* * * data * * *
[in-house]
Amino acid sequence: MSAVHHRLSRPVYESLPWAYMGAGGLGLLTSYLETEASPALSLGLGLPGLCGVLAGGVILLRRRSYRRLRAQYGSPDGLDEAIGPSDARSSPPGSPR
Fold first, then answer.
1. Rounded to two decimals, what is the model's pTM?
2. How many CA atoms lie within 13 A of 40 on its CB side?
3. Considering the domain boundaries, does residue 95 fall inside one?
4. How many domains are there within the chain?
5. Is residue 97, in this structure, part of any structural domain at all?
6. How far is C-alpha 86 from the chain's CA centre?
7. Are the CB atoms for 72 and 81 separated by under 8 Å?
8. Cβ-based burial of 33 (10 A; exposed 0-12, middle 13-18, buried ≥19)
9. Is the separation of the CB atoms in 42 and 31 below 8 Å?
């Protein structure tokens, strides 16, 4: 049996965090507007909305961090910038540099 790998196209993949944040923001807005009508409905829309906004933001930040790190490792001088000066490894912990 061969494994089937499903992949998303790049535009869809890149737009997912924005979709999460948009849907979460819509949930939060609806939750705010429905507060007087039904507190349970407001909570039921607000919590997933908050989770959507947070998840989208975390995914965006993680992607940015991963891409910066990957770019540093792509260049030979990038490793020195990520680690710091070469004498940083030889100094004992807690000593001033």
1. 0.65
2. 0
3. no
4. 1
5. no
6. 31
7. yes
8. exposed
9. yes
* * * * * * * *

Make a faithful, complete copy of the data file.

[in-house]
Amino acid sequence: MSAVHHRLSRPVYESLPWAYMGAGGLGLLTSYLETEASPALSLGLGLPGLCGVLAGGVILLRRRSYRRLRAQYGSPDGLDEAIGPSDARSSPPGSPR
Fold first, then answer.
1. Rounded to two decimals, what is the model's pTM?
2. How many CA atoms lie within 13 A of 40 on its CB side?
3. Considering the domain boundaries, does residue 95 fall inside one?
4. How many domains are there within the chain?
5. Is residue 97, in this structure, part of any structural domain at all?
6. How far is C-alpha 86 from the chain's CA centre?
7. Are the CB atoms for 72 and 81 separated by under 8 Å?
8. Cβ-based burial of 33 (10 A; exposed 0-12, middle 13-18, buried ≥19)
9. Is the separation of the CB atoms in 42 and 31 below 8 Å?
């Protein structure tokens, strides 16, 4: 049996965090507007909305961090910038540099 790998196209993949944040923001807005009508409905829309906004933001930040790190490792001088000066490894912990 061969494994089937499903992949998303790049535009869809890149737009997912924005979709999460948009849907979460819509949930939060609806939750705010429905507060007087039904507190349970407001909570039921607000919590997933908050989770959507947070998840989208975390995914965006993680992607940015991963891409910066990957770019540093792509260049030979990038490793020195990520680690710091070469004498940083030889100094004992807690000593001033």
1. 0.65
2. 0
3. no
4. 1
5. no
6. 31
7. yes
8. exposed
9. yes